The Morning Report
San Diego news and info
you need to take on the day.
San Diego Unified leaders came out swinging today against claims by the teachers union that the school district was sitting on $66 million that could be used immediately to cancel planned layoffs.
The teachers union based its claim on two lines in a school district budget summary: one that lists $57 million in “unextended balances/set aside” and another $9 million in surplus money for this year. That money is on top of the rainy day funds that San Diego Unified must set aside for emergencies.
Superintendent Bill Kowba called a press conference Friday at Chesterton Elementary in Linda Vista to counter the union claims, saying they were misleading. “There is no unused money that is suddenly there to deal with any of the deep cuts right now,” he said. “The record needs to be set straight.”
Kowba and Chief Financial Officer Ron Little said the money, while labeled under the heading of “reserves” in their budget summary, is already being used to offset the deficit and couldn’t be used again to cancel layoffs.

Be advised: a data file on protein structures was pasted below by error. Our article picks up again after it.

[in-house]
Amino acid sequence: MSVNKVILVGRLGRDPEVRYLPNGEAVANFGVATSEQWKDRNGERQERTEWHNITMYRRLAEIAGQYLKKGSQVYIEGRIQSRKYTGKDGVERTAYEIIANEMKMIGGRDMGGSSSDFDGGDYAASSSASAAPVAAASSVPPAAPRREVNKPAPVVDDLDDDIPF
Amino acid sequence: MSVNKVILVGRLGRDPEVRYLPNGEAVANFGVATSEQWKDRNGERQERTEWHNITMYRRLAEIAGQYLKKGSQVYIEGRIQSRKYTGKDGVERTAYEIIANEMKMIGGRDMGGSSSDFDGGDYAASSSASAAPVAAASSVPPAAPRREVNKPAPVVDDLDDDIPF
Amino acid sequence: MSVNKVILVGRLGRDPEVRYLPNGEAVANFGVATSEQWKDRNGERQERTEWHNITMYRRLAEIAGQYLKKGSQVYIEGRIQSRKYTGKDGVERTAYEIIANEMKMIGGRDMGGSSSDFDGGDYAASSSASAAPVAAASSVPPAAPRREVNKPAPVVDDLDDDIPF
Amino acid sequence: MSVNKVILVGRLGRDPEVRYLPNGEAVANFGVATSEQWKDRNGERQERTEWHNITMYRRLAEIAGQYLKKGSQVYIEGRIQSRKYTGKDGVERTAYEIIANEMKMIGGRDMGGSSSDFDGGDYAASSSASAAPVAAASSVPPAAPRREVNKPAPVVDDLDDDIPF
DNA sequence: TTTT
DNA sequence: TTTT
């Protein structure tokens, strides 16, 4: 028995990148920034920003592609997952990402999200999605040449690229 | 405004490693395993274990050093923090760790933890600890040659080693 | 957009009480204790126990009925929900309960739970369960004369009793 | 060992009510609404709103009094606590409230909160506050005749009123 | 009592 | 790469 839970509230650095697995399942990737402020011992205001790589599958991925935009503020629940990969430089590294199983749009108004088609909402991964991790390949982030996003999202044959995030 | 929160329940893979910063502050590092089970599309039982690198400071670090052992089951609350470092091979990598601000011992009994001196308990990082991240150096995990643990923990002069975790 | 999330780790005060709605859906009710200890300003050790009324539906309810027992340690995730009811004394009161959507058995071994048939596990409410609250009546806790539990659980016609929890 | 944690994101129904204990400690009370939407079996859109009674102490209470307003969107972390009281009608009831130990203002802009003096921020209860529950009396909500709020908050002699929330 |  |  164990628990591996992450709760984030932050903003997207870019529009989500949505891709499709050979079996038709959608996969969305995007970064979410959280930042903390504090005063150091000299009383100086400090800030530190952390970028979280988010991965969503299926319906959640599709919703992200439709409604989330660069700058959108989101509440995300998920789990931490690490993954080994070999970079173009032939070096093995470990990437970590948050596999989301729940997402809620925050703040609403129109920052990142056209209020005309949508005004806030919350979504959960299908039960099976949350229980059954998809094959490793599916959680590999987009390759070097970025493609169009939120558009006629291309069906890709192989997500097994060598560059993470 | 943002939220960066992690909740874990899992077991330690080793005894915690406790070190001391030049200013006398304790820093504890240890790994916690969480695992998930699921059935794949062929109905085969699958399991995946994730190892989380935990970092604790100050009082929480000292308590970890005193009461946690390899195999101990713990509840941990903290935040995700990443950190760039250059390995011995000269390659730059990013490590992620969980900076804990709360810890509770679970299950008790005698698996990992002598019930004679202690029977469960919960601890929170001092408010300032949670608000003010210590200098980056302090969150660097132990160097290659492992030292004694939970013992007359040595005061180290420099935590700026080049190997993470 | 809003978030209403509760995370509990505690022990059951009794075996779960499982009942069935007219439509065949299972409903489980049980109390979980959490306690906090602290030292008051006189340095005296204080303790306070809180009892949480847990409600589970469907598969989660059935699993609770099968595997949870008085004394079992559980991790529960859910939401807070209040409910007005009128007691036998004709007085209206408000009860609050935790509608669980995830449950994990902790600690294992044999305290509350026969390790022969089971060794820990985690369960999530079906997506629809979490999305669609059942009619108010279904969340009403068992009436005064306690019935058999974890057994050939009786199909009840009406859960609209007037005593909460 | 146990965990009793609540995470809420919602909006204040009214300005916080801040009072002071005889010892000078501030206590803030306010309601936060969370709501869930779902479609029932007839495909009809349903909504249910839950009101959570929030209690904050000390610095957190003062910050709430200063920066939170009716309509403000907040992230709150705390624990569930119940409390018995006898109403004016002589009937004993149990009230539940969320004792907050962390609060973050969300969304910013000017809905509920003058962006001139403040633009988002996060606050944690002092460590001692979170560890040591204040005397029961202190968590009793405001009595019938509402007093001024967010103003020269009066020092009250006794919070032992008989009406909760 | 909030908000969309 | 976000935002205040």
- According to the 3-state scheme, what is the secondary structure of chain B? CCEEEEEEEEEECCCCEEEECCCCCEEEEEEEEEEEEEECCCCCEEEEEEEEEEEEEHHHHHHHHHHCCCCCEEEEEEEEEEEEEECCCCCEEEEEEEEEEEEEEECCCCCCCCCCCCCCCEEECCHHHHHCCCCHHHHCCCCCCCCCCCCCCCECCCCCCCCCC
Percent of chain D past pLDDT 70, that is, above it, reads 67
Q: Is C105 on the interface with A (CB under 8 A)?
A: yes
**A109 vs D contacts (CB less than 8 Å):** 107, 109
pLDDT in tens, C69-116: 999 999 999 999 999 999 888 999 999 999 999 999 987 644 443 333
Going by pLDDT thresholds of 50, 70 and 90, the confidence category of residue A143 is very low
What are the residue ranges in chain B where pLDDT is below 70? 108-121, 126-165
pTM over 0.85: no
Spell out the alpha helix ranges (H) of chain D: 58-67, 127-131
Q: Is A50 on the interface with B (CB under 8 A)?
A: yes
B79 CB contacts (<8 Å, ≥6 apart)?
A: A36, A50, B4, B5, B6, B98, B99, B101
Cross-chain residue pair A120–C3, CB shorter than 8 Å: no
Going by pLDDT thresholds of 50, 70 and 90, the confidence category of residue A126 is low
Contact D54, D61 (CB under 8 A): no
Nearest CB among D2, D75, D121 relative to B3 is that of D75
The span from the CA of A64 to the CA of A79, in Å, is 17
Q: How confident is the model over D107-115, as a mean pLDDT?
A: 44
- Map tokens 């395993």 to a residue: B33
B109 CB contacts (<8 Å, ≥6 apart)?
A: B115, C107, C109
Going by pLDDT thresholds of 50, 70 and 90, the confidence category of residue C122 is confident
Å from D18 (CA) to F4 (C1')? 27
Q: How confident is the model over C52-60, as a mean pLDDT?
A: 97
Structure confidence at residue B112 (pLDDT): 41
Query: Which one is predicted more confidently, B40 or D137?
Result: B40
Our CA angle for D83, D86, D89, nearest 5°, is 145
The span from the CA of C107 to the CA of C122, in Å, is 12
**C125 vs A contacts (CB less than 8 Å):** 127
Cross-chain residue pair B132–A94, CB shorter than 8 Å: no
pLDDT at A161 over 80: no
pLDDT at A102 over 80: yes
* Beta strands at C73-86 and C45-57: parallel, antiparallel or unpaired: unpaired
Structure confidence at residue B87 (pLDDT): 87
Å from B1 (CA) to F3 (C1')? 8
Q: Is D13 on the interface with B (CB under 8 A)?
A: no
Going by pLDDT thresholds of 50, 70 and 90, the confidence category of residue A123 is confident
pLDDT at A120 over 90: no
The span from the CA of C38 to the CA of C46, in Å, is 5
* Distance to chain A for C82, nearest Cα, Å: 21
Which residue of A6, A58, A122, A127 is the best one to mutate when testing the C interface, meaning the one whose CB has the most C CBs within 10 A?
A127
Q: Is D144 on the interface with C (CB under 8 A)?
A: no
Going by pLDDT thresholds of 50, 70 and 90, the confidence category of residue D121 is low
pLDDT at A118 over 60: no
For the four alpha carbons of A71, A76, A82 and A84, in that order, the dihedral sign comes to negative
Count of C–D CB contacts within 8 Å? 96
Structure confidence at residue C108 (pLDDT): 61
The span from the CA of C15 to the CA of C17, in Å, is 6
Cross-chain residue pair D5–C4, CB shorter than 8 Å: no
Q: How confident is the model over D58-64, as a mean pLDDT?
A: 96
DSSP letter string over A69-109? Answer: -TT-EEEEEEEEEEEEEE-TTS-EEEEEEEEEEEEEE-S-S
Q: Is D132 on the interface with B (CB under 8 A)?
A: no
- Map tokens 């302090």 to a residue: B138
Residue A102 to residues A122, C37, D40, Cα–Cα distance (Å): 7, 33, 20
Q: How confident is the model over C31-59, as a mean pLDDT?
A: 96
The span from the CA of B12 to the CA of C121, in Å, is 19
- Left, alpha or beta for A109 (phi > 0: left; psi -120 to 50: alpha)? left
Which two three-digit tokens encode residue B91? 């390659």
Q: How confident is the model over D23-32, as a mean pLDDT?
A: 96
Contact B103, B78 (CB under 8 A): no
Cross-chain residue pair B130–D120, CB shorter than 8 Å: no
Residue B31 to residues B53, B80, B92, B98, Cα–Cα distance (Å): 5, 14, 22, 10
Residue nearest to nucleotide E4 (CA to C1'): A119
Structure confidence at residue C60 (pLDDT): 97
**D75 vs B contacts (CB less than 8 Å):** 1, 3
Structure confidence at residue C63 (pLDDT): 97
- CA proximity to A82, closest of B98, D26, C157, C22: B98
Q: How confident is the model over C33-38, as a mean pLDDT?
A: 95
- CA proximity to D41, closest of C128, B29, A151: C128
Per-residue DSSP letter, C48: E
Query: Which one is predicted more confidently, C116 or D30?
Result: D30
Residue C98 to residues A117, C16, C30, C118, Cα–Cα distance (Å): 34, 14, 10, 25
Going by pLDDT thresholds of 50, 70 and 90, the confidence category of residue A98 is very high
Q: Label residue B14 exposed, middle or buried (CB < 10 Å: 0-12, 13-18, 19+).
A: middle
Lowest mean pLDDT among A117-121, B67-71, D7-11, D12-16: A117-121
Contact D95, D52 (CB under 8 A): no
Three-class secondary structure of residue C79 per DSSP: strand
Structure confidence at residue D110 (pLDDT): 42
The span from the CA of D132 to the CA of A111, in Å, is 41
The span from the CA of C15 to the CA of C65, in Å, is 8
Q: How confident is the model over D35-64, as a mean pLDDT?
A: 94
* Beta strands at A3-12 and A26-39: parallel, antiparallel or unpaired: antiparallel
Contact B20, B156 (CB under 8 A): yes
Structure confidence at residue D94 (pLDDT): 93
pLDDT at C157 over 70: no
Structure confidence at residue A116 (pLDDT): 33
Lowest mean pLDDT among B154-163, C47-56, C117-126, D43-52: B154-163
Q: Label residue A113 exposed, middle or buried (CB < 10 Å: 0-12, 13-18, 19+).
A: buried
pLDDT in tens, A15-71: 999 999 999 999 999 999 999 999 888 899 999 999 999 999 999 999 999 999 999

The $57 million in “unextended balances” includes a onetime funding bump of $30 million that San Diego Unified will not get until July, roughly $20 million in federal jobs money and $6 million in money for students with disabilities. Kowba said the $57 million had already helped lessen the needed cuts, offsetting an initial $163 million deficit. Here’s the chart that he and Little displayed:
The school district made $115 million in cuts and had $9 million left in surplus, Kowba explained. That money needs to offset other unpredicted threats to the budget, Kowba said, such as increased fuel costs. Using any of the $57 million would only force them to find more cuts elsewhere, he said.
School board member Scott Barnett said he was disappointed that the teachers union would give false hope to teachers whose jobs are at stake, calling it a red herring and “a cruel, sad distraction” from the budget crisis. He warned that San Diego Unified might face cuts much deeper than it’s planning for.
Asked about the numbers shown by San Diego Unified, the teachers union insisted that using the money would not deepen the deficit, pointing back to the report that labeled it as “reserves.”
“This is budgetary tap dancing by Ron Little and nothing else,” union President Bill Freeman wrote in an email.
I’m still hoping to get an outside expert to take a look at the financial statements and weigh in. Check back for updates as I keep sorting through the $66 million question.